Re: RHEL5/10.2.0.4.0

FYI, from one of our sysadmins:

Not having consistent modifications times is a "feature" of OCFS2.  What
you are seeing is probably related to the following from the OCFS2 User's
Guide:

"""
Modifications Times

To allow multiple nodes to concurrently stream I/Os to an Oracle datafile,
OCFS2 makes a special dispensation from the POSIX standard by not updating
the modification time (mtime) on disk when performing non-extending direct
I/O writes. To be precise, while the new mtime is updated in memory, it is
not flushed to disk unless the user extends or truncates the file or
performs an explicit operation, such as touch(1). This dispensation leads
to the file system returning differing time stamps for the same file on
different nodes. While this is not ideal, this behavior exists to allow
maximum throughput.  Updating mtime on each write would negate one of the
main benefits (parallel I/O) of a clustered database, because it would
serialize the I/Os to each datafile.

User wishing to view the on-disk timestamp of any file can use the
debugfs.ocfs2 tool as follows:

$ debugfs.ocfs2 -R "stat /relative/path/to/file" /dev/sda1 | grep "mtime:"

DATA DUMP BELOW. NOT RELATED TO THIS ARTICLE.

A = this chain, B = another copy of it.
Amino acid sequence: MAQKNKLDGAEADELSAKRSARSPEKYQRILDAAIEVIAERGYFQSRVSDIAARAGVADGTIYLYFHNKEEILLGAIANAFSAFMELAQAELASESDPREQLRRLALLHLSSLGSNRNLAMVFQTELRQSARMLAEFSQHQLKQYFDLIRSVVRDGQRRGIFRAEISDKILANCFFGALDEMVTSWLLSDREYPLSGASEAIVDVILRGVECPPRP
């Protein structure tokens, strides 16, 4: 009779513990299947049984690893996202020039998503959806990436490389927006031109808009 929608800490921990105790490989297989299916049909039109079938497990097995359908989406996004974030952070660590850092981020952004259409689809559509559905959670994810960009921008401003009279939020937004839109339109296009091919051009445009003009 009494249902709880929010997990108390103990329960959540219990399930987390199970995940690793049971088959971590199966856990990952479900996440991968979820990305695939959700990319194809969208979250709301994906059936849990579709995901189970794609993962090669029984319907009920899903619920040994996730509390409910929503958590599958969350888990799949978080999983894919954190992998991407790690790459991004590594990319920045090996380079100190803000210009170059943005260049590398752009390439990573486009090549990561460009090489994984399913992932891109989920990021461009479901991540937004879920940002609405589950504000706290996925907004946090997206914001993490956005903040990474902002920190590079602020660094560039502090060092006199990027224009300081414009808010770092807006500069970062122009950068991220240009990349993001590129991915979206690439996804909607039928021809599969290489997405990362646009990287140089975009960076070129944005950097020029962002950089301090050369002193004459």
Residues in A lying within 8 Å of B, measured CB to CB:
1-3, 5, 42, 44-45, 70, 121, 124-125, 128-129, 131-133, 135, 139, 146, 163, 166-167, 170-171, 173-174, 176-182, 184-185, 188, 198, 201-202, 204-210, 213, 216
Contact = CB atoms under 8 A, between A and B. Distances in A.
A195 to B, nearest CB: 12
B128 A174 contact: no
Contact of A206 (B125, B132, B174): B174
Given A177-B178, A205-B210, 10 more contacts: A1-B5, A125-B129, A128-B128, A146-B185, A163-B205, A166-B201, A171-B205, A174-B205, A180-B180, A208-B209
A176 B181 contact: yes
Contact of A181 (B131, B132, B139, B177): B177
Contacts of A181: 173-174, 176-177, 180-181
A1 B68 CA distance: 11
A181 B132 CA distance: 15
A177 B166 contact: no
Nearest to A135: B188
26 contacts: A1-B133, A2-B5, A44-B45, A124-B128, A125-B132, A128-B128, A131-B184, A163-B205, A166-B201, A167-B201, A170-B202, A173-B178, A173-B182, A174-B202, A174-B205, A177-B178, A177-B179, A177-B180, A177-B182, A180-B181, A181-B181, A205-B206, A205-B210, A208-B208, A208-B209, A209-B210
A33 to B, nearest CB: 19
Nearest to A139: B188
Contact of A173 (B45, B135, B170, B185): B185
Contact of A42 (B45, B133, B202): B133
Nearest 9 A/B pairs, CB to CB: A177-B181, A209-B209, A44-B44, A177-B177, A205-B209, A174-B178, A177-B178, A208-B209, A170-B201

- Maureen


Maureen English wrote:
Hi,

I just moved a database from one filesystem to another, edited the
init.ora file to find the control files in the correct location,
started up the database, renamed all of the datafiles, logfiles and
tempfiles, and opened the database.  No errors were reported and I
could connect to the database and do some simple queries.

One of my checks was to verify log rolls.  The alert log shows log
rolls, but the timestamps on all of the files are from April 24!
It's likely that nothing changed since April 24th, but I really did
expect to see changes from today, especially timestamps on the log
files.

Has anyone else seen this behavior?  When I looked further, I found
that the same is true for all of our RHEL5 databases.

Any comments?

- Maureen

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